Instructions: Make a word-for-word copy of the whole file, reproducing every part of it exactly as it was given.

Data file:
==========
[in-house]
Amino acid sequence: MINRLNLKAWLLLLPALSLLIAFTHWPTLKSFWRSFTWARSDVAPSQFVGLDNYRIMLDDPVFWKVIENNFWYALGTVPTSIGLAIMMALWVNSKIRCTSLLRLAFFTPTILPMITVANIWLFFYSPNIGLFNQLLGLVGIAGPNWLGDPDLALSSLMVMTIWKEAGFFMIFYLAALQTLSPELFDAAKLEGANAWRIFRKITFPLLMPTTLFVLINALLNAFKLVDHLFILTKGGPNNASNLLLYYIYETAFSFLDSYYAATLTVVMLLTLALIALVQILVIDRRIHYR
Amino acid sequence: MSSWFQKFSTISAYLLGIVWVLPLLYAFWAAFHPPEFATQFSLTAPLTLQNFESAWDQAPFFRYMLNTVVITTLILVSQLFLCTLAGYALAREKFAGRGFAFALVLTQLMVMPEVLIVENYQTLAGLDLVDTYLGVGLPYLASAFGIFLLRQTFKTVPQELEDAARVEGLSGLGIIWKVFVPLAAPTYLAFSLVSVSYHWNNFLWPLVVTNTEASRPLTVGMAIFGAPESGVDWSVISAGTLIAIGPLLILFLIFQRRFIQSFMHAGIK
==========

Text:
[in-house]
Amino acid sequence: MINRLNLKAWLLLLPALSLLIAFTHWPTLKSFWRSFTWARSDVAPSQFVGLDNYRIMLDDPVFWKVIENNFWYALGTVPTSIGLAIMMALWVNSKIRCTSLLRLAFFTPTILPMITVANIWLFFYSPNIGLFNQLLGLVGIAGPNWLGDPDLALSSLMVMTIWKEAGFFMIFYLAALQTLSPELFDAAKLEGANAWRIFRKITFPLLMPTTLFVLINALLNAFKLVDHLFILTKGGPNNASNLLLYYIYETAFSFLDSYYAATLTVVMLLTLALIALVQILVIDRRIHYR
Amino acid sequence: MSSWFQKFSTISAYLLGIVWVLPLLYAFWAAFHPPEFATQFSLTAPLTLQNFESAWDQAPFFRYMLNTVVITTLILVSQLFLCTLAGYALAREKFAGRGFAFALVLTQLMVMPEVLIVENYQTLAGLDLVDTYLGVGLPYLASAFGIFLLRQTFKTVPQELEDAARVEGLSGLGIIWKVFVPLAAPTYLAFSLVSVSYHWNNFLWPLVVTNTEASRPLTVGMAIFGAPESGVDWSVISAGTLIAIGPLLILFLIFQRRFIQSFMHAGIK